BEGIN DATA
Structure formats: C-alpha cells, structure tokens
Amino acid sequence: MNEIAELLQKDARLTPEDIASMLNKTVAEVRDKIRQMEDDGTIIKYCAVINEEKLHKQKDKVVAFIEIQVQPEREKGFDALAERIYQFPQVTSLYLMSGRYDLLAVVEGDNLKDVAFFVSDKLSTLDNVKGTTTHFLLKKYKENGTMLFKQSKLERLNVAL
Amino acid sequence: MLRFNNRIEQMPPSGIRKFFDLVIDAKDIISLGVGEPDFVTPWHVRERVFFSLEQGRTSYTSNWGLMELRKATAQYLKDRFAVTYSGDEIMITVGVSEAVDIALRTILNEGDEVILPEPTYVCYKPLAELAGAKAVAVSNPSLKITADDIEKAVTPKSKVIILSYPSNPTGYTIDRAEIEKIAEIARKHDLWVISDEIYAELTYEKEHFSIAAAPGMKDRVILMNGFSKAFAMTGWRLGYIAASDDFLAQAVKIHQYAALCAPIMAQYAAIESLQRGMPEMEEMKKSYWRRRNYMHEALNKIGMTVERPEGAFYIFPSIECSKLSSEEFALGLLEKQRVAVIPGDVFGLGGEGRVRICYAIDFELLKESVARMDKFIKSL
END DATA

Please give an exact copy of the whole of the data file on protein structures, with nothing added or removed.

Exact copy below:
Structure formats: C-alpha cells, structure tokens
Amino acid sequence: MNEIAELLQKDARLTPEDIASMLNKTVAEVRDKIRQMEDDGTIIKYCAVINEEKLHKQKDKVVAFIEIQVQPEREKGFDALAERIYQFPQVTSLYLMSGRYDLLAVVEGDNLKDVAFFVSDKLSTLDNVKGTTTHFLLKKYKENGTMLFKQSKLERLNVAL
Amino acid sequence: MLRFNNRIEQMPPSGIRKFFDLVIDAKDIISLGVGEPDFVTPWHVRERVFFSLEQGRTSYTSNWGLMELRKATAQYLKDRFAVTYSGDEIMITVGVSEAVDIALRTILNEGDEVILPEPTYVCYKPLAELAGAKAVAVSNPSLKITADDIEKAVTPKSKVIILSYPSNPTGYTIDRAEIEKIAEIARKHDLWVISDEIYAELTYEKEHFSIAAAPGMKDRVILMNGFSKAFAMTGWRLGYIAASDDFLAQAVKIHQYAALCAPIMAQYAAIESLQRGMPEMEEMKKSYWRRRNYMHEALNKIGMTVERPEGAFYIFPSIECSKLSSEEFALGLLEKQRVAVIPGDVFGLGGEGRVRICYAIDFELLKESVARMDKFIKSL